By Mark Ward, Technology correspondent
There’s a new cyber threat on the horizon. And it’s fiendishly subtle and potentially very dangerous.
Fake data – altering databases and documents without anyone noticing.
Say you changed centrally held figures for a key metric such as soil fertility that many arable farmers use to organise their planting schedules.
“That data is used to drive another process, and lots of decisions are made on that basis,” says Jason Hart from security firm Gemalto.
Unless the attack was noticed quickly, he says, it could have devastating consequences because the sabotaged data would kick off actions that played out over months and years.
You could end up with failed crops, food shortages and, in a worst case scenario, famine.
“You have no way of going back once a decision is made and the impact has happened,” says Mr Hart. “There’s a real amplifier effect to that kind of problem.”
Other scenarios include hackers interfering with automated stock market trading, triggering mass sell-offs and economic instability.
Or “poisoning” supply chain data so that the wrong stuff goes to the wrong stores, not to mention the potential dangers to energy supplies if production forecasts are tampered with.
Circle of trust
Many of the decisions we make in business and government are based on data that we assume is accurate. So if you undermine the authenticity of that data – and our trust in it – you can potentially bring an economy to its knees, experts warn.
Businesses are vulnerable to this type of cyber sabotage because they inherently trust the data and documents they produce, says Abe Smith of Dealflo, a company that helps financial firms automate transactions.
“There’s about $15 trillion [£12tn] of financial agreements processed every year and most of them are manual in one sense or other,” says Mr Smith.
Automation helped to cut costs involved with those financial agreements and to weed out mistakes, but these changes only reinforced reliance on digital information.
And anything digital can be tampered with.
Documents that teams have been collaborating on are vulnerable to attackers that can change the core text, alter numbers, or re-write terms and conditions to one party’s benefit, says John Safa of Pushfor, a company that makes secure ways for firms to share data and other content.
“At the end of the day it can be edited and it can be changed,” he says. “The problem then is if it is a legal contract without enough back-up, then it could be represented as something factual.”
It is still all too easy to drill down into a document’s metadata and change its basic properties that, if examined, lend weight to the fiction of it being authentic.
“Whatever emerges at the other end of a workflow system people will accept,” he says. “The document preserves the memory and we believe what it says all the time.
“Trust in all of this process is critical,” he says. “If that trust is lost then the entire process breaks down.”
But there are technical ways to lock down data and documents to thwart the efforts of stealthy attackers to read or change them.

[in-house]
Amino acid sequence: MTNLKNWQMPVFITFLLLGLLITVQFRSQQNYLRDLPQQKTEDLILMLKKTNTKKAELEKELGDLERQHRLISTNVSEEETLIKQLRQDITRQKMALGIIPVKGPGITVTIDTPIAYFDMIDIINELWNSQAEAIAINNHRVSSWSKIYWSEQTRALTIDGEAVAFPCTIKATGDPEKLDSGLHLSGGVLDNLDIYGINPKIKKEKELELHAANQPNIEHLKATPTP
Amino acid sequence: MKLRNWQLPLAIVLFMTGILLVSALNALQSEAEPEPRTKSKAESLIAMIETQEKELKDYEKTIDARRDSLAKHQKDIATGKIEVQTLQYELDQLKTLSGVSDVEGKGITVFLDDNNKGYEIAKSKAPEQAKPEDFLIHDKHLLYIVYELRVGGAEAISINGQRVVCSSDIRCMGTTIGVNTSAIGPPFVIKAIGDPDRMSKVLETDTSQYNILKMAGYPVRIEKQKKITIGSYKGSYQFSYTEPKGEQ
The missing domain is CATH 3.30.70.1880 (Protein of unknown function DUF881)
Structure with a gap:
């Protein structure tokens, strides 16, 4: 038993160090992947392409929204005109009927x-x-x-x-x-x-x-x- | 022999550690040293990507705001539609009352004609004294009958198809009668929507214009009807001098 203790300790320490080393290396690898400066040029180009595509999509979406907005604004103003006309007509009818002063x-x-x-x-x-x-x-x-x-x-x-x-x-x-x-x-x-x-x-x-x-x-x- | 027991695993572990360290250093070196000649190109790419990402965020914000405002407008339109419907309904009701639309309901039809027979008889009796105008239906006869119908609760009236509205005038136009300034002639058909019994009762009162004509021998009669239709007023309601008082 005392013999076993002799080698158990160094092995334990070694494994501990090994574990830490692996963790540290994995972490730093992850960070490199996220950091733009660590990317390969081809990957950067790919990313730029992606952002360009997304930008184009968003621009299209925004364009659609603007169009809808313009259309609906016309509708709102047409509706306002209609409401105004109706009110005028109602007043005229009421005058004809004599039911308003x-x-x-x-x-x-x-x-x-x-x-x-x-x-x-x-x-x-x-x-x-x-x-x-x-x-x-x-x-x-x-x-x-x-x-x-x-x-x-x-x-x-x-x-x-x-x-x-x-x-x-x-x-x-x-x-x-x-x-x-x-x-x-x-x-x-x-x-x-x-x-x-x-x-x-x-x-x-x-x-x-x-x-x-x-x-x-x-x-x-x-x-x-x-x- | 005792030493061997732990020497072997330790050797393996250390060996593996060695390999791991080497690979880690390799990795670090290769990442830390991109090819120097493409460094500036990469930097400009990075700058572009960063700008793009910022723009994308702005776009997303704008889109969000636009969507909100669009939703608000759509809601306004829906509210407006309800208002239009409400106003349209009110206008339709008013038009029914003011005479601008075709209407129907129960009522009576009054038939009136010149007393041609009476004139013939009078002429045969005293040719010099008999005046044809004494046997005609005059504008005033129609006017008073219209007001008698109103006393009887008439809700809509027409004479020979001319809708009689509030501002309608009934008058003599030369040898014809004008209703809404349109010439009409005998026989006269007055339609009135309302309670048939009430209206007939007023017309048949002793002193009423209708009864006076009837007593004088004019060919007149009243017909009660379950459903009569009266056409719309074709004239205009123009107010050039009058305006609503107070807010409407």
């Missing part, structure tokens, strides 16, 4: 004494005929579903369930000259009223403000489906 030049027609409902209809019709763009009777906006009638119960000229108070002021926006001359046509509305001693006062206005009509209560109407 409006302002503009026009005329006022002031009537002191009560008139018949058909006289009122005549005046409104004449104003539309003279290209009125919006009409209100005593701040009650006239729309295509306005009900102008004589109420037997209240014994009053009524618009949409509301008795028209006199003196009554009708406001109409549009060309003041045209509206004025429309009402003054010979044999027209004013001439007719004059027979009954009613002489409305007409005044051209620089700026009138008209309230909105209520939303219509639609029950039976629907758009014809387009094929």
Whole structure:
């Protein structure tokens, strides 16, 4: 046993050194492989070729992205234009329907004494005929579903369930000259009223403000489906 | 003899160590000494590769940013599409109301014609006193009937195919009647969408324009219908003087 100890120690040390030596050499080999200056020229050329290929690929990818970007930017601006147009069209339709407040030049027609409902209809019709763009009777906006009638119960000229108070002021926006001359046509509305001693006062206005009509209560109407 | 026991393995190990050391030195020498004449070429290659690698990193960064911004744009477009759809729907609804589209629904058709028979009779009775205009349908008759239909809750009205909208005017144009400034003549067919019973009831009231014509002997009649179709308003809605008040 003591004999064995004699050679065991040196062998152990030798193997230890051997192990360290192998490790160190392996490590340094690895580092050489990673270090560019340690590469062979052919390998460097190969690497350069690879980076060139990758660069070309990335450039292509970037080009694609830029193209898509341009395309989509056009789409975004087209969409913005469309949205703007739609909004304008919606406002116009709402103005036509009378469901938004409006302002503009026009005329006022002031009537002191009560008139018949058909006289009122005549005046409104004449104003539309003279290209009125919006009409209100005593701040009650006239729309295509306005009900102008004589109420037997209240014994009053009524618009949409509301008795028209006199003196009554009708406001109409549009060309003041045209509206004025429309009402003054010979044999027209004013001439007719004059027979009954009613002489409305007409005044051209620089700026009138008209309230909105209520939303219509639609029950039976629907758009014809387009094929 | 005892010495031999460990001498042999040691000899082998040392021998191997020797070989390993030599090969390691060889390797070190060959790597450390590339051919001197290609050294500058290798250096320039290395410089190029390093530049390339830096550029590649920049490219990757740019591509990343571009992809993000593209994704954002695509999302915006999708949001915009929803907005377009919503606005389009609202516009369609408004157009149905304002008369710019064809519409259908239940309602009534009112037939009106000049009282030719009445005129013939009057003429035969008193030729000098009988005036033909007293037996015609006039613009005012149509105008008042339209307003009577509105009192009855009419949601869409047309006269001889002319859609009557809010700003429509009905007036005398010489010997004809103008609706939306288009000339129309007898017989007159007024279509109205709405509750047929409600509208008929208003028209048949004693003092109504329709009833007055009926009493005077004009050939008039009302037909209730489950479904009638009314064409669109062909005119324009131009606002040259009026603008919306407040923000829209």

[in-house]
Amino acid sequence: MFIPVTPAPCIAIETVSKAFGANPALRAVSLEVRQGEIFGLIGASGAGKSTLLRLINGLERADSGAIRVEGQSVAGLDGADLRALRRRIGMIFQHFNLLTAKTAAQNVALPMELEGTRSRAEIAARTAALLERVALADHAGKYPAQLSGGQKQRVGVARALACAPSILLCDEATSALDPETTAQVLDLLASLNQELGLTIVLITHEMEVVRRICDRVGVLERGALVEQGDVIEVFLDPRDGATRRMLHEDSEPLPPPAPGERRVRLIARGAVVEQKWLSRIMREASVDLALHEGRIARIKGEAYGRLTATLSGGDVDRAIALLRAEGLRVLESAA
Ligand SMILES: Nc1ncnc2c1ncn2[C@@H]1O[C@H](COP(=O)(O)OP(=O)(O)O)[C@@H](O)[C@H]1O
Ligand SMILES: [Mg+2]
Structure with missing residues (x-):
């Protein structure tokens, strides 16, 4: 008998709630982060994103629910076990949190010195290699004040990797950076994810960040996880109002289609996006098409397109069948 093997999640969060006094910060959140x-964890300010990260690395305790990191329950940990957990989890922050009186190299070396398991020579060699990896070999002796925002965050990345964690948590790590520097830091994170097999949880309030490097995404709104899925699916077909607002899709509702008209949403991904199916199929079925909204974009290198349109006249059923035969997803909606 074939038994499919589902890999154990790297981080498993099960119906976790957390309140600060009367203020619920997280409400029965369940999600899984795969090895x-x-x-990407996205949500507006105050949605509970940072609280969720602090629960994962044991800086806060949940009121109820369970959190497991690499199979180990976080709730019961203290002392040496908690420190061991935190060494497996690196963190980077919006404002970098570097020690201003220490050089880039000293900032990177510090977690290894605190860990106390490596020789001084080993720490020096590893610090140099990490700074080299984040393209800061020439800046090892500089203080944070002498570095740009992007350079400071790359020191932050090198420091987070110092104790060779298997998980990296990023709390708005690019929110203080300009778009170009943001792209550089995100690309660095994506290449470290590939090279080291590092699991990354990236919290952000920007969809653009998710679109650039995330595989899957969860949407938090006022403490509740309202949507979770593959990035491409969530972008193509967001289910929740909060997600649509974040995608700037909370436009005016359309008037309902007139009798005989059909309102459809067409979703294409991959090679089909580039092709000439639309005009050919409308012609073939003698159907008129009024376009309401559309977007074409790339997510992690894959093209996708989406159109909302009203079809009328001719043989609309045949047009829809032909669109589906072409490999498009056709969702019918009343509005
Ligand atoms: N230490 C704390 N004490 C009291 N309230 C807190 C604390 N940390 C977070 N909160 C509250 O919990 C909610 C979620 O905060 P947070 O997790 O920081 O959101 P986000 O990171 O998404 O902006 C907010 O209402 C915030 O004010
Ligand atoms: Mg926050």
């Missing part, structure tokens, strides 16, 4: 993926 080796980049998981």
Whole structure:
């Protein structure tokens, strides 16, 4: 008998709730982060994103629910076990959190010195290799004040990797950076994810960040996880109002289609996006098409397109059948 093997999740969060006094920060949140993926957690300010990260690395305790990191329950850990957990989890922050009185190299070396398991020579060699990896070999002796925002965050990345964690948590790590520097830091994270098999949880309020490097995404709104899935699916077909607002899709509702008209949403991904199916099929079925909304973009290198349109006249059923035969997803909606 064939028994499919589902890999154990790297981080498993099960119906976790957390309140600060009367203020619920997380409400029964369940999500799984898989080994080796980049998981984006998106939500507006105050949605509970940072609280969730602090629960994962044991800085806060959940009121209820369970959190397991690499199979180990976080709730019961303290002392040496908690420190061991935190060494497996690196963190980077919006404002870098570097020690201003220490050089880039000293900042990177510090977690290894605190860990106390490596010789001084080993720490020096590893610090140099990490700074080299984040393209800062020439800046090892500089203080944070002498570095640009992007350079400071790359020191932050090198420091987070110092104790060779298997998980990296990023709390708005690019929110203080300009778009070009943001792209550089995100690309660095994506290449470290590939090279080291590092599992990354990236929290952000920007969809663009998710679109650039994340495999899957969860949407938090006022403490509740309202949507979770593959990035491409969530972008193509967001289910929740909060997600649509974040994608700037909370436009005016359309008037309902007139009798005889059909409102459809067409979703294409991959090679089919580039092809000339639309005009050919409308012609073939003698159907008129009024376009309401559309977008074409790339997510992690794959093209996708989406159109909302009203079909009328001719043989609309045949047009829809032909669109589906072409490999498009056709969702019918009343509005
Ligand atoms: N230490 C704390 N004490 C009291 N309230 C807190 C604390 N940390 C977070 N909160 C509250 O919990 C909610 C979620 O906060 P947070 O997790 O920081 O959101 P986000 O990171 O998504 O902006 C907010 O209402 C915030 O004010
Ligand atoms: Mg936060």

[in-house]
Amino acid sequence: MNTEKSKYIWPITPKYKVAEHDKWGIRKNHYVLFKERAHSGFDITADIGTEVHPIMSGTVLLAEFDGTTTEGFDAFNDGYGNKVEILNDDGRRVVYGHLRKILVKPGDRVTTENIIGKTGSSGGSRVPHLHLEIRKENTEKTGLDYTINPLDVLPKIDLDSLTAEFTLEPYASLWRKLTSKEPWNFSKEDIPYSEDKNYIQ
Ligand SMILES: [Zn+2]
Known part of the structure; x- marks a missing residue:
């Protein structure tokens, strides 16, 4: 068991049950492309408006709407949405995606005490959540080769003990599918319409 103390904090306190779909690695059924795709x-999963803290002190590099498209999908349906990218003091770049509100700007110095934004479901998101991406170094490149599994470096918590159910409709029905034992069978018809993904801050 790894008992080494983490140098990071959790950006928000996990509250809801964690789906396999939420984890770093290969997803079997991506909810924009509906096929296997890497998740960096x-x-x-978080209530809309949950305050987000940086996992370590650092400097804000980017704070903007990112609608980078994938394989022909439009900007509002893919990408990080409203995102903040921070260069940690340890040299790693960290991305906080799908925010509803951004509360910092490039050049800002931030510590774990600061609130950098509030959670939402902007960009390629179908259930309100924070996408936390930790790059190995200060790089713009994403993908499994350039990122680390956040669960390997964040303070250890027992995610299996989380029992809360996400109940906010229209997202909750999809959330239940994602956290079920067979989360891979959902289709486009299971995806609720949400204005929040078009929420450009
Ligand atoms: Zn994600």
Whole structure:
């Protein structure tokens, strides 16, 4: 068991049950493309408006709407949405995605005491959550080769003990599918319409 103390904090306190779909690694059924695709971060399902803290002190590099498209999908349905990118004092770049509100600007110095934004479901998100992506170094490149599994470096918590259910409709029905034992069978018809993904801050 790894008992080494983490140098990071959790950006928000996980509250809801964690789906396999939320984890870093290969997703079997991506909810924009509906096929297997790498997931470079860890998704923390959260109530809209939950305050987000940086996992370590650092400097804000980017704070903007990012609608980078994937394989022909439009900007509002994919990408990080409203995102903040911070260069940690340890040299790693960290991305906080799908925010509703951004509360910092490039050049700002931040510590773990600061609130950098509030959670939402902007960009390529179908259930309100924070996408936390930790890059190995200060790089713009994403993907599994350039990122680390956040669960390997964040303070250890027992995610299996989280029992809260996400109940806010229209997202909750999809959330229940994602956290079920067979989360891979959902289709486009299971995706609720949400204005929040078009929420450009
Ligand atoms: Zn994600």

Many firms now use Digital Rights Management (DRM) systems to police who can do what to reports, files and other documents floating around their organisations, says Stuart Barr, chief strategy officer at workflow system firm HighQ.
DRM has been used to stop pirates stealing copies of copyright movies and video games, he says, but is now regularly applied to documents. It restricts editing to a select few and resists other attempts to make changes.
“You should not be able to fiddle with them,” he says.
It’s one of the reasons why blockchain technology is gaining momentum as a way to authenticate contracts and transactions.
Mr Barr says firms using DRM have to strike a balance between putting good protections around valuable documents, and not making them so onerous that people avoid them.
“You would be surprised how many people let documents run around in the wild without any protection,” he tells the BBC, adding that a lot of organisations are “porous”, letting key files flow back and forth with few checks on what has happened to them in the meantime.
Some firms seek to filter this flow using specialist cloud-based services, but, says Mr Barr, work has to be done to ensure that this innovation does not introduce more risk.
“If they have files that are stored in any reputable cloud they should be encrypted at rest and in transit,” he says.
Scrambling data, allied to techniques that generate unique identifiers for important files, could go a long way towards preventing attacks on data integrity, he says.
“There’s a growing awareness that this is an issue that has to be taken seriously.”
Cloud-based management systems that use encryption to protect important documents are still very new in the legal world, says Susan Hall, a partner at law firm Clarke Willmott.
A lot of law firms still rely on Redline editing, she says, which uses the edit tracking systems built in to Microsoft Word.
This allows edits to be made and marked on versions of contracts and other documents as negotiations or talks progress, she says.
“Often you have junior staff go through the final version to make sure nothing has crept in inadvertently or has otherwise changed before the signature,” she says.
“But in a lot of these situations you are operating under extreme pressure and there’s a high risk that people won’t pick up that something should have been included but wasn’t.”
In highly complex business contracts, a surreptitiously included clause could end up losing your business millions.
So it’s not just cyber theft we need to worry about, it’s data integrity.